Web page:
Premier Danielle Smith wants the CBC to apologize for posting a video in which she allegedly discusses the case of anti-vaccine pastor Artur Pawlowski, who stands charged with mischief in relation to the role he is accused of playing in the Coutts border blockade in early 2022.
But, in a polarized political world where partisan politics are so strong, it’s not like any hard-line UCP voters are going to switch to Rachel Notley’s NDP in the coming provincial election.
The real danger for Smith is that some people who were leaning towards the UCP may stay at home, instead.
“What a scandal like this can do is further erode that enthusiasm among Conservatives to show up and vote,” says Jared Wesley, associate professor of political science at the University of Alberta and the principal investigator for Common Ground, which studies the unique political nature of the West.
“That is probably the bigger concern at this stage in the election cycle for the UCP than worrying about people switching votes to the NDP.”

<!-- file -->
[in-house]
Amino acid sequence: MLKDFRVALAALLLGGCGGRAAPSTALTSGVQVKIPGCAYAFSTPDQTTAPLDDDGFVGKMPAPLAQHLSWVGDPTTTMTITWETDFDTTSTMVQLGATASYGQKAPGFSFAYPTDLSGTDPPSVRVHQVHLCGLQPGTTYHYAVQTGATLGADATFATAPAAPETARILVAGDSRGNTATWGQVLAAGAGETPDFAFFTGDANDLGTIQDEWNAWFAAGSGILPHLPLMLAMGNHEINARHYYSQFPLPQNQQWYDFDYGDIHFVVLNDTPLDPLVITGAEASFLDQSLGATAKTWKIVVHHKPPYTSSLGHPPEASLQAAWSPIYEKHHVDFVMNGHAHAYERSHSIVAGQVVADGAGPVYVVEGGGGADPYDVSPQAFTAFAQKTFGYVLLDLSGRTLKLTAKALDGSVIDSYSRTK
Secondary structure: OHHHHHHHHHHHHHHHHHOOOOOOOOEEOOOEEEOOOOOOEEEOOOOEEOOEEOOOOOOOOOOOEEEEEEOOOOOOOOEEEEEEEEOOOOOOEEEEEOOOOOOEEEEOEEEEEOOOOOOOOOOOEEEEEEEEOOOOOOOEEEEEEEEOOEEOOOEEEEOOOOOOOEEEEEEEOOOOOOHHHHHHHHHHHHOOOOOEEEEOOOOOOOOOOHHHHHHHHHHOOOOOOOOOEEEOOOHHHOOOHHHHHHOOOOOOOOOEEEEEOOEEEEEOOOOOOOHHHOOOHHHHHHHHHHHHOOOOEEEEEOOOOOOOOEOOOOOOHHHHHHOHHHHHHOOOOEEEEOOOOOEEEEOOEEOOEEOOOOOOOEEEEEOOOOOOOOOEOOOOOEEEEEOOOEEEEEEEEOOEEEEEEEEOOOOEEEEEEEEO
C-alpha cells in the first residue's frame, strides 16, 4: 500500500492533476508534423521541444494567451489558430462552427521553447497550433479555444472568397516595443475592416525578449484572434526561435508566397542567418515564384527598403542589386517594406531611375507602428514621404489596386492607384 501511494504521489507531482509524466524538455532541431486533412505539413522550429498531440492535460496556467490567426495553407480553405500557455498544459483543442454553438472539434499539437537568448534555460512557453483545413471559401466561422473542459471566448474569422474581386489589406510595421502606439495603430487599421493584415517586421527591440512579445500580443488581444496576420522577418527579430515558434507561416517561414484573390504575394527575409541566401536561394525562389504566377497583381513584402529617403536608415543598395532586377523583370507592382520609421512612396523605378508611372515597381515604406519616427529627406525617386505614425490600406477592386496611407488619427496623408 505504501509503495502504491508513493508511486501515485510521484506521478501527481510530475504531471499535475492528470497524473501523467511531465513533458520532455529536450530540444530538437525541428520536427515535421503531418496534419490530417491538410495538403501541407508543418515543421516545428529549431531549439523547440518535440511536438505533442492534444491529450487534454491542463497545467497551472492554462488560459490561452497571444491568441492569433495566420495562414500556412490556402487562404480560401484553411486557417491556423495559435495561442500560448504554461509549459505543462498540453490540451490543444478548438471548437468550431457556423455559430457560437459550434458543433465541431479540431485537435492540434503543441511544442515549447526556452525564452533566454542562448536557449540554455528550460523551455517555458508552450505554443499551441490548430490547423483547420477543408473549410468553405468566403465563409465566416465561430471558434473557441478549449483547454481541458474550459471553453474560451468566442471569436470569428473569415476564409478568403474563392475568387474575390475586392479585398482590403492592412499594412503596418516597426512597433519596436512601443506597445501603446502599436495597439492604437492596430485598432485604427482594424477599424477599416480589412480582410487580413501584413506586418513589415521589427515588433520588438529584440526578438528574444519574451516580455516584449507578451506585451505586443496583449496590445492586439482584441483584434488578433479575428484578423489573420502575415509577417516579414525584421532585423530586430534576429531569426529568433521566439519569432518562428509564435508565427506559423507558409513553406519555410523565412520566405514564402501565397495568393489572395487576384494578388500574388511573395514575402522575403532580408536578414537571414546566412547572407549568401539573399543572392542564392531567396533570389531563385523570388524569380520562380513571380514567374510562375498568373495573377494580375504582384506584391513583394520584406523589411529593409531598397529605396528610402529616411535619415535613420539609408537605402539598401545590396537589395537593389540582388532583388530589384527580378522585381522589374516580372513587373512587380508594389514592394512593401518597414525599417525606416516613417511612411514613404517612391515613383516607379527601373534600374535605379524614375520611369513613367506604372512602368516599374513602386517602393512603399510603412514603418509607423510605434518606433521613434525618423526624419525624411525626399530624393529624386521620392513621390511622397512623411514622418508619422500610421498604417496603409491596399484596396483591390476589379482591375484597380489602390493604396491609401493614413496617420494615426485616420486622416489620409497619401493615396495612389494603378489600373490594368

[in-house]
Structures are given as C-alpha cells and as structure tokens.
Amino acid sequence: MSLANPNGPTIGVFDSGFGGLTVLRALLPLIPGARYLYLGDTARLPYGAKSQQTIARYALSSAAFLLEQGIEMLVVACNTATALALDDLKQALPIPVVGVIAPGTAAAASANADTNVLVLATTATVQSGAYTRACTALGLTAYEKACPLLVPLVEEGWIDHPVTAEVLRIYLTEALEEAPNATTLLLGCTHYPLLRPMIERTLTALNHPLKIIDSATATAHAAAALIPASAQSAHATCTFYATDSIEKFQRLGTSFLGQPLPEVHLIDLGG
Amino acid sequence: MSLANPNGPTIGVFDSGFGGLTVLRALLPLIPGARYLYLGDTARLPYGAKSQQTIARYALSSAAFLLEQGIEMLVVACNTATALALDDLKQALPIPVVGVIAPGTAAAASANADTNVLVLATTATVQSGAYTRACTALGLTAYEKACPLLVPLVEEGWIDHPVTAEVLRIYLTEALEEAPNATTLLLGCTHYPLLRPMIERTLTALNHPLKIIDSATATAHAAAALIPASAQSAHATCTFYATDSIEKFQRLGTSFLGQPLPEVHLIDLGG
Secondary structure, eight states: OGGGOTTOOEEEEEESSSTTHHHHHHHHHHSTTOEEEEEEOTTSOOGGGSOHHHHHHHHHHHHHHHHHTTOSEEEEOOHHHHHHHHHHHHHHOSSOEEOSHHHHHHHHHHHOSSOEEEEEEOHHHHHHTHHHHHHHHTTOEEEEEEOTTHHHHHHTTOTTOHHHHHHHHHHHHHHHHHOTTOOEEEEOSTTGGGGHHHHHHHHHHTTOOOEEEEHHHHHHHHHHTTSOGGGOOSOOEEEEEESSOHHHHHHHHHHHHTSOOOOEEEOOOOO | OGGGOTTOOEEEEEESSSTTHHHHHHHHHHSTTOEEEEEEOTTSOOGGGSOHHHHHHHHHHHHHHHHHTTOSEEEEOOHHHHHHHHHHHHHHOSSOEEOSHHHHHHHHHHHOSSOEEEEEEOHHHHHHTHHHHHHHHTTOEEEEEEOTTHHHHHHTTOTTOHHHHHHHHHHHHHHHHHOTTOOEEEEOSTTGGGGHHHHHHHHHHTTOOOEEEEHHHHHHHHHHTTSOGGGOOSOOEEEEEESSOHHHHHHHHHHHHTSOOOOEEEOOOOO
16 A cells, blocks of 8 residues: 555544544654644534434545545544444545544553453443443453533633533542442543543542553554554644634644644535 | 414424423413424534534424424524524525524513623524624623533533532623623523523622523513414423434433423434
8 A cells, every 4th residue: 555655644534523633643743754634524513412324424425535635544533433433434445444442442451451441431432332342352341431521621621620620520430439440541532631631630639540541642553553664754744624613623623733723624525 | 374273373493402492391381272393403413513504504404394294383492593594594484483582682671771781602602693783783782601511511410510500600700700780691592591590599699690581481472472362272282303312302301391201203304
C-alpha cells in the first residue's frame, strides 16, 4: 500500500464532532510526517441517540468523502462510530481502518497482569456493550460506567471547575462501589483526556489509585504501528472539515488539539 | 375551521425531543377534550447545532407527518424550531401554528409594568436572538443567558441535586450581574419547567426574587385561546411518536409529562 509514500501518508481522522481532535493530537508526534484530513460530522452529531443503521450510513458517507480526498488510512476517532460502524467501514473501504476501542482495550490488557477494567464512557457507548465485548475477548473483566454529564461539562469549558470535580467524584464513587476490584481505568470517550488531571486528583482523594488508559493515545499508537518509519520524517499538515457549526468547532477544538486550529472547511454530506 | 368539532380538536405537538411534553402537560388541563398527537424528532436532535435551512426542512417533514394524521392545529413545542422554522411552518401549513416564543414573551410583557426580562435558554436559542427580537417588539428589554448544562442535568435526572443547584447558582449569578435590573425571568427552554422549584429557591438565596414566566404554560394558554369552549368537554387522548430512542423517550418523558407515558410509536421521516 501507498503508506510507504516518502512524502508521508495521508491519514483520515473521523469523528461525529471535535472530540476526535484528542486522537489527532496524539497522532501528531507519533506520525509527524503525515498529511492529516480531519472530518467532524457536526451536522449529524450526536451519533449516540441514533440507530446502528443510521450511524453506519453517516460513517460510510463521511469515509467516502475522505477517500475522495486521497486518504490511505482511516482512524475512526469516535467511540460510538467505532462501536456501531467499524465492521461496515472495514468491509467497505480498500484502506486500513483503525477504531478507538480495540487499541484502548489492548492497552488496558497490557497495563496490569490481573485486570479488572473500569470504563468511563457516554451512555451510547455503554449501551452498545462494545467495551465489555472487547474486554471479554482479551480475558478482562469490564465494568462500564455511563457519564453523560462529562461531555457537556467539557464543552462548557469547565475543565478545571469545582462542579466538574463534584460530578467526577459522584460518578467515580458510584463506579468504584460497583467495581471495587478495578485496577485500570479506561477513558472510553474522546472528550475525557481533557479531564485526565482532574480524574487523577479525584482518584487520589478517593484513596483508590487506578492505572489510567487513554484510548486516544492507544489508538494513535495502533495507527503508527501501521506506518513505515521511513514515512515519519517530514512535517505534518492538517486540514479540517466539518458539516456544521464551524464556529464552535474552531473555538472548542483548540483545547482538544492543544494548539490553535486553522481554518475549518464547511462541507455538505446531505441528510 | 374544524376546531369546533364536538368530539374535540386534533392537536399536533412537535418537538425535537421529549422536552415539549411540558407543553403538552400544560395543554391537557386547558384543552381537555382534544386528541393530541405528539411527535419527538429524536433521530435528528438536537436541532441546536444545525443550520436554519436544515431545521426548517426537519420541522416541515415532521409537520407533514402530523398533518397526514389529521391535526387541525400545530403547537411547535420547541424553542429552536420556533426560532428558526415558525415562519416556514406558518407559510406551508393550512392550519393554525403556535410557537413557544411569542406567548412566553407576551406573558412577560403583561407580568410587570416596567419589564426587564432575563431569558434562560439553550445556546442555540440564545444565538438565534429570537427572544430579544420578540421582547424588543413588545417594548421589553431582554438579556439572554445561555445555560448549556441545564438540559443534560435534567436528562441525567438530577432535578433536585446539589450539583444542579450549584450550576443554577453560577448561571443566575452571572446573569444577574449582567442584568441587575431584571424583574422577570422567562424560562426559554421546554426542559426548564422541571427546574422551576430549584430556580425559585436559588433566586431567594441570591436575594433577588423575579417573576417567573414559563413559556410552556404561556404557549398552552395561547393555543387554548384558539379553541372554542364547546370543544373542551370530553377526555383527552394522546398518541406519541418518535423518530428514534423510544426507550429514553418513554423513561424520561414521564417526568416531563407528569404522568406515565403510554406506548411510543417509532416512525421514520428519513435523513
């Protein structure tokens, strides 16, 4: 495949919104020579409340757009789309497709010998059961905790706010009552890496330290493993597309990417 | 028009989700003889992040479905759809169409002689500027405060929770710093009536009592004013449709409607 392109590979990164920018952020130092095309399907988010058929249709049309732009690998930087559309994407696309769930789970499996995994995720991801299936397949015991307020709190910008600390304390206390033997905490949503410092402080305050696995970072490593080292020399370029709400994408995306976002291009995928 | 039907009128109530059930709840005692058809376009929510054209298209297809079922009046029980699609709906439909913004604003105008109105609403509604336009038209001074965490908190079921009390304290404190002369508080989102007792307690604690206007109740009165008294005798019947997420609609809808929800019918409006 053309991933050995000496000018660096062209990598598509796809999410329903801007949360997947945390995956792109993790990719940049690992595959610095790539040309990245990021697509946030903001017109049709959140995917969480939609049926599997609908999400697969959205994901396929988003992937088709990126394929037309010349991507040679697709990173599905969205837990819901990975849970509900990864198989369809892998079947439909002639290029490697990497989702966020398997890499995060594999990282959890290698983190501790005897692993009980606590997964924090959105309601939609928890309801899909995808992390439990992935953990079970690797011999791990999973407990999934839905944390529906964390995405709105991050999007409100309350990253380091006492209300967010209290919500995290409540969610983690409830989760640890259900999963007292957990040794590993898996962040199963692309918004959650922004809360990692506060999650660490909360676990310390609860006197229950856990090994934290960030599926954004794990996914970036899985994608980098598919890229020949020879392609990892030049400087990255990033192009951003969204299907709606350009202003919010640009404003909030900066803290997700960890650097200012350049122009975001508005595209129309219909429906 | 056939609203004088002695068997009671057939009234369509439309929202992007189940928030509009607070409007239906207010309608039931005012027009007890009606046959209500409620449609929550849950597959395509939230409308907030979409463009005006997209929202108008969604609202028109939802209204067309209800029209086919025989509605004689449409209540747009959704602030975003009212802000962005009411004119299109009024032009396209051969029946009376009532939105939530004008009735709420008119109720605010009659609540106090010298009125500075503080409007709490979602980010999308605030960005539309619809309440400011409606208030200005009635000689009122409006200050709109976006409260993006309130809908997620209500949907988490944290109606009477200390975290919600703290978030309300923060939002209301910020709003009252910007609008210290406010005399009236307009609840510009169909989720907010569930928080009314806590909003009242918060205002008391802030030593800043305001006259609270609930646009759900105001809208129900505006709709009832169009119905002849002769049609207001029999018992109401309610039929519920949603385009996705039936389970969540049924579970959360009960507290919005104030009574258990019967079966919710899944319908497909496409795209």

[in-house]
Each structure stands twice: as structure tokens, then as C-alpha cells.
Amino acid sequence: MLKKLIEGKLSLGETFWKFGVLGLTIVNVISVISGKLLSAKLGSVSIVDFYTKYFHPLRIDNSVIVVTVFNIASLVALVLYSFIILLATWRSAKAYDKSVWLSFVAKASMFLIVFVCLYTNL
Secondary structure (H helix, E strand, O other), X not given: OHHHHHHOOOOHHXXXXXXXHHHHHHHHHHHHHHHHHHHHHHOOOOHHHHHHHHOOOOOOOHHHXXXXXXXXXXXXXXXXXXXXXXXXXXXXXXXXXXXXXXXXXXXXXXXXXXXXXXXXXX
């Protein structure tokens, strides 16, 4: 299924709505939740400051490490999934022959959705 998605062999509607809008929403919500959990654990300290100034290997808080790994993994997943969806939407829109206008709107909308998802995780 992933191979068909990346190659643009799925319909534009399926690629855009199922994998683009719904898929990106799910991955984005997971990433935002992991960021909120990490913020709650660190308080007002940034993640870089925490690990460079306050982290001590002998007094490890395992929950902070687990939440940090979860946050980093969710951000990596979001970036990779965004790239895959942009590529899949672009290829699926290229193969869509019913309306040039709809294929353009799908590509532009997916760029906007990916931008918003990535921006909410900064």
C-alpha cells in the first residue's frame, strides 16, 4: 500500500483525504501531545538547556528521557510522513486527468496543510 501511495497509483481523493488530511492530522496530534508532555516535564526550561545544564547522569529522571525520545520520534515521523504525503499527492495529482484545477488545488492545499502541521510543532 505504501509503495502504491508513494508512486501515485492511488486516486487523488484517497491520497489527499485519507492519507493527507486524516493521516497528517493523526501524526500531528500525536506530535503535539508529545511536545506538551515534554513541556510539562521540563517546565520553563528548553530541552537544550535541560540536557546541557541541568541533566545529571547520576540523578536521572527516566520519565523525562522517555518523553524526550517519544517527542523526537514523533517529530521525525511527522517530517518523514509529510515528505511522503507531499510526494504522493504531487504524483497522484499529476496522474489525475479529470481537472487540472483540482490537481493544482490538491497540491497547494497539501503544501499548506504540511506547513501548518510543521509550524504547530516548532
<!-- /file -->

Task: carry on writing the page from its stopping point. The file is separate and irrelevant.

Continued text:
Because there’s been so much leadership turmoil, and parties on the right have changed names, formed alliances, broken alliances, accepted fringe elements… it’s all led to a political movement which doesn’t inspire the same loyalty as former premiers like Ralph Klein or Peter Lougheed earned.
The UCP’s strength in 2023… is promoting distrust in the NDP. The “we’re not them” rhetoric, according to Wesley, is the UCP’s strongest draw. But, it’s not the kind of thing a party can take to the bank.